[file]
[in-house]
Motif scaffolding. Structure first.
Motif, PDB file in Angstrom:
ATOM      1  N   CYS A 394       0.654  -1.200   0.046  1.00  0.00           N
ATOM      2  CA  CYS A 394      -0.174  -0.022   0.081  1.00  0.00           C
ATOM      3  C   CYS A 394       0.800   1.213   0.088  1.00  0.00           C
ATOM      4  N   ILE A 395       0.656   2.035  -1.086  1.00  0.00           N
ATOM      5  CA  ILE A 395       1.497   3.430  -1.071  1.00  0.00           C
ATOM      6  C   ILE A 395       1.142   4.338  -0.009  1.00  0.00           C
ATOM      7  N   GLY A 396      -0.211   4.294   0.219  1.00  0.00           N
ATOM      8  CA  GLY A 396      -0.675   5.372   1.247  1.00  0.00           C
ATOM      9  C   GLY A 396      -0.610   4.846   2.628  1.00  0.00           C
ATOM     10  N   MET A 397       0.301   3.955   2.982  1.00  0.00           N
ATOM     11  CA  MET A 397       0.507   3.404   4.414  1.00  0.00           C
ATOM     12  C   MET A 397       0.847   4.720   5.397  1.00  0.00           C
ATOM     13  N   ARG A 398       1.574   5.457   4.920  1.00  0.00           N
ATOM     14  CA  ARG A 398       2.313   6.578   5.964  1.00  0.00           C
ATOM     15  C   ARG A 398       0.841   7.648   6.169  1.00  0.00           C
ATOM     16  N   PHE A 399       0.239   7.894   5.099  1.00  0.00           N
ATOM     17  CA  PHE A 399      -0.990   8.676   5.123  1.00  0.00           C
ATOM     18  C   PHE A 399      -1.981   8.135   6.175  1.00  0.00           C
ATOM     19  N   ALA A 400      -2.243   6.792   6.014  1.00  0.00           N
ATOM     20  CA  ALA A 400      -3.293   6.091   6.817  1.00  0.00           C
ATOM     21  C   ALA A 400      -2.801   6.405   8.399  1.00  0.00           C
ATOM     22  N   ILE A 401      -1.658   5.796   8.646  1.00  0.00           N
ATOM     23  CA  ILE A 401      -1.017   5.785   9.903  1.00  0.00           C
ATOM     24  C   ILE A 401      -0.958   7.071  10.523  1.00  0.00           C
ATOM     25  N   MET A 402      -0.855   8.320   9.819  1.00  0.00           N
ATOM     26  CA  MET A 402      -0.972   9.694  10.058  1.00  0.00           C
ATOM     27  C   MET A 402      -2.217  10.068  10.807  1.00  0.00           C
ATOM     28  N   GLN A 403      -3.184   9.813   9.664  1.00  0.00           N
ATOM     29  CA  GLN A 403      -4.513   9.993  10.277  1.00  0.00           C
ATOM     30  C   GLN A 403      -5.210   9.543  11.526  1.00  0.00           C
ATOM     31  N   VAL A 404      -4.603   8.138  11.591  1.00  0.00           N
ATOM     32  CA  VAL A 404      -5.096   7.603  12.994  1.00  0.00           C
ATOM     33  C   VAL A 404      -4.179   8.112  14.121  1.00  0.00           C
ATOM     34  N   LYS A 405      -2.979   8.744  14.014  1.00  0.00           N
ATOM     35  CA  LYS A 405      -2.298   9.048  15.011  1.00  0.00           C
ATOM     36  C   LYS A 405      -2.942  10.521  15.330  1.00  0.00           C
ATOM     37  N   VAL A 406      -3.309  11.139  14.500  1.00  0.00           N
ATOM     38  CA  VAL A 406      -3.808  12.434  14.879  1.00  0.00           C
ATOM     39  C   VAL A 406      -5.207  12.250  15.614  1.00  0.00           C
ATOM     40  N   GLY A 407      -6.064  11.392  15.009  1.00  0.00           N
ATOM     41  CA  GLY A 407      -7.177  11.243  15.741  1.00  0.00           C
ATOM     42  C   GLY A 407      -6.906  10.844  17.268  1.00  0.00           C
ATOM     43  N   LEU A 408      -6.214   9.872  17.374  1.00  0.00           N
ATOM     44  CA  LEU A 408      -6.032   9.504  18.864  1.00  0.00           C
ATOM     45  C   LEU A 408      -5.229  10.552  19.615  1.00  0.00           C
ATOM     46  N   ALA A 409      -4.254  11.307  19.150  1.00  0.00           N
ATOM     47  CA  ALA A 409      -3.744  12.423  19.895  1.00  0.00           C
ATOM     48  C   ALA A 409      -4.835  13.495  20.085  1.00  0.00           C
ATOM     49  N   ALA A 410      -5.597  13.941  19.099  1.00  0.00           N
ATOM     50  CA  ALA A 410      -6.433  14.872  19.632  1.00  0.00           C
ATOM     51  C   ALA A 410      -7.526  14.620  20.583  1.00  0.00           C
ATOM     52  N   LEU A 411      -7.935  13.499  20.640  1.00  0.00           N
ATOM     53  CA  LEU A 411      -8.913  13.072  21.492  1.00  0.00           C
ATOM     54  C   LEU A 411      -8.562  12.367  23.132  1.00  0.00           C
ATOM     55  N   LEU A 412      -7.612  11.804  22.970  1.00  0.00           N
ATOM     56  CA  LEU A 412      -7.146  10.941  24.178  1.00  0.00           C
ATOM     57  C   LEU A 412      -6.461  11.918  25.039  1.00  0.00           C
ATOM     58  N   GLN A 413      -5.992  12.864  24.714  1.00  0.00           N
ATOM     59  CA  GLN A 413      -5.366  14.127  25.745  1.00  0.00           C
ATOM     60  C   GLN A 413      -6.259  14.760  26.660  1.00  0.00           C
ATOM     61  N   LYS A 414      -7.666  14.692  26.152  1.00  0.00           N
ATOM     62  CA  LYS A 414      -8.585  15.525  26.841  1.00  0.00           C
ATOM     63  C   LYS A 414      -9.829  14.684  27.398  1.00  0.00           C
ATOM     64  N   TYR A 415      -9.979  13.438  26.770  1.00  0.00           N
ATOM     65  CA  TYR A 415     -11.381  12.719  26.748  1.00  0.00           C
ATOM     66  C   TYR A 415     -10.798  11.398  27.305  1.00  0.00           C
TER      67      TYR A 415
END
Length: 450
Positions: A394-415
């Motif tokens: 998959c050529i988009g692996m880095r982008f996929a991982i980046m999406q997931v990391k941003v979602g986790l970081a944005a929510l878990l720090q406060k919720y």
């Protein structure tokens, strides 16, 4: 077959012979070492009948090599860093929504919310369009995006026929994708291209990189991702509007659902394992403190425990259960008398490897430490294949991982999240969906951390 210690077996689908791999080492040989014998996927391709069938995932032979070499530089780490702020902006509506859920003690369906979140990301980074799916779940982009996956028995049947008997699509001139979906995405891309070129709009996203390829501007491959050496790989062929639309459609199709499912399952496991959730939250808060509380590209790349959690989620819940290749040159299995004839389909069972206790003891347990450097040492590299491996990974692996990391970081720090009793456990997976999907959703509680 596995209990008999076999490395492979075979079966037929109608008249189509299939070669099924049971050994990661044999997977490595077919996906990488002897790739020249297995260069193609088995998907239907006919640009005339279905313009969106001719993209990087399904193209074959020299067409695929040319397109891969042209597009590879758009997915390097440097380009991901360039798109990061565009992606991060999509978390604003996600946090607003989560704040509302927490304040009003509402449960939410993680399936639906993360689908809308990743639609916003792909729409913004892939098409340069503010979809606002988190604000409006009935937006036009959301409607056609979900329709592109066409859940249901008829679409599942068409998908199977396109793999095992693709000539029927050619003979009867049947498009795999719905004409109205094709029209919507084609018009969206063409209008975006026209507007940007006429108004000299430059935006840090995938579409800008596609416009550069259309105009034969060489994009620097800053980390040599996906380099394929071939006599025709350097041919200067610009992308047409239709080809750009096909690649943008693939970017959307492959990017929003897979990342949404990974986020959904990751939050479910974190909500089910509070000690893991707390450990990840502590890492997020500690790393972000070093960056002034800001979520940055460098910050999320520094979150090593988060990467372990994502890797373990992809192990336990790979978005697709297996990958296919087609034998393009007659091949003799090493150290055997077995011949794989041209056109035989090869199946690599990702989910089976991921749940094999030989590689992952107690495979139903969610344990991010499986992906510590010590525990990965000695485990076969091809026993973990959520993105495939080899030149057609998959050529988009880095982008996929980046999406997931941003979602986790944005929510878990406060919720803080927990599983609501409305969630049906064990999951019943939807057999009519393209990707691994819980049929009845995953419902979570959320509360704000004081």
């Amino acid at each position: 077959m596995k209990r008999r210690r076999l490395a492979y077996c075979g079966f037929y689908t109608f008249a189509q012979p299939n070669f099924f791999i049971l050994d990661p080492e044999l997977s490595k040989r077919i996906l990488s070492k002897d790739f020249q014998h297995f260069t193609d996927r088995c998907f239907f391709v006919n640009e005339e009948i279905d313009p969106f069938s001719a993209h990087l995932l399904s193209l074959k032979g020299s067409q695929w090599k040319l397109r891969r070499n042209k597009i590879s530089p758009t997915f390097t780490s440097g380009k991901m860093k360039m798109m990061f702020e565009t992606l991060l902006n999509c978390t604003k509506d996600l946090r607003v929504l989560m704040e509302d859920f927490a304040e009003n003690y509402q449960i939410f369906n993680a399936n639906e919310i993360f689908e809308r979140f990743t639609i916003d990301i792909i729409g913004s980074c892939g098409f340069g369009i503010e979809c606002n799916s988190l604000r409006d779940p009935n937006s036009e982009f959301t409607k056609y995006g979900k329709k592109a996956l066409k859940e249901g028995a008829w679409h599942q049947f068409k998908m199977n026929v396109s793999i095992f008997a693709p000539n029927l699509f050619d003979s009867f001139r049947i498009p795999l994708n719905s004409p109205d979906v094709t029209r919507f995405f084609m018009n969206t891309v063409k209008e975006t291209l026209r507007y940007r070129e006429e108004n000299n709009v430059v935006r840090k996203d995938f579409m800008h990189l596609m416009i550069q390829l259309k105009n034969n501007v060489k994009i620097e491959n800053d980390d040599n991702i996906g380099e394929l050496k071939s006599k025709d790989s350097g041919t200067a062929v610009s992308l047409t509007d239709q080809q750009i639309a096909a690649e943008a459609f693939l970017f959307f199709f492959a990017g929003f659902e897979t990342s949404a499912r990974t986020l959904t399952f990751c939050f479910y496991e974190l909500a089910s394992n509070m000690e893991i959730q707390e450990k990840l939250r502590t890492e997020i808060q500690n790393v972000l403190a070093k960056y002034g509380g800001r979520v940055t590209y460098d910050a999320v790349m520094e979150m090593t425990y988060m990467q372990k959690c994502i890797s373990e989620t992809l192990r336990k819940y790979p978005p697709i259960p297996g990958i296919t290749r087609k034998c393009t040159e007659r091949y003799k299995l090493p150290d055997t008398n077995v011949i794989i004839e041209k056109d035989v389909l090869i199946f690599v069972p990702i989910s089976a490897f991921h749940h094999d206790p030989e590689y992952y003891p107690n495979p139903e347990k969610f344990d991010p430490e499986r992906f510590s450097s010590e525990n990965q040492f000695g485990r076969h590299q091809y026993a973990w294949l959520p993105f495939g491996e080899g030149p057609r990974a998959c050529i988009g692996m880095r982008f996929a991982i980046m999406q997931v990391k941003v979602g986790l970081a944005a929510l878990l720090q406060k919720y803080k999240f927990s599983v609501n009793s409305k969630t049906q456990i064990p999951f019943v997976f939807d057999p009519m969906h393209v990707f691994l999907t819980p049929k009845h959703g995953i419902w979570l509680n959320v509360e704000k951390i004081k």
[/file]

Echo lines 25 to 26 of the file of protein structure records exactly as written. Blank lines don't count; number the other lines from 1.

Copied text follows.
ATOM     22  N   ILE A 401      -1.658   5.796   8.646  1.00  0.00           N
ATOM     23  CA  ILE A 401      -1.017   5.785   9.903  1.00  0.00           C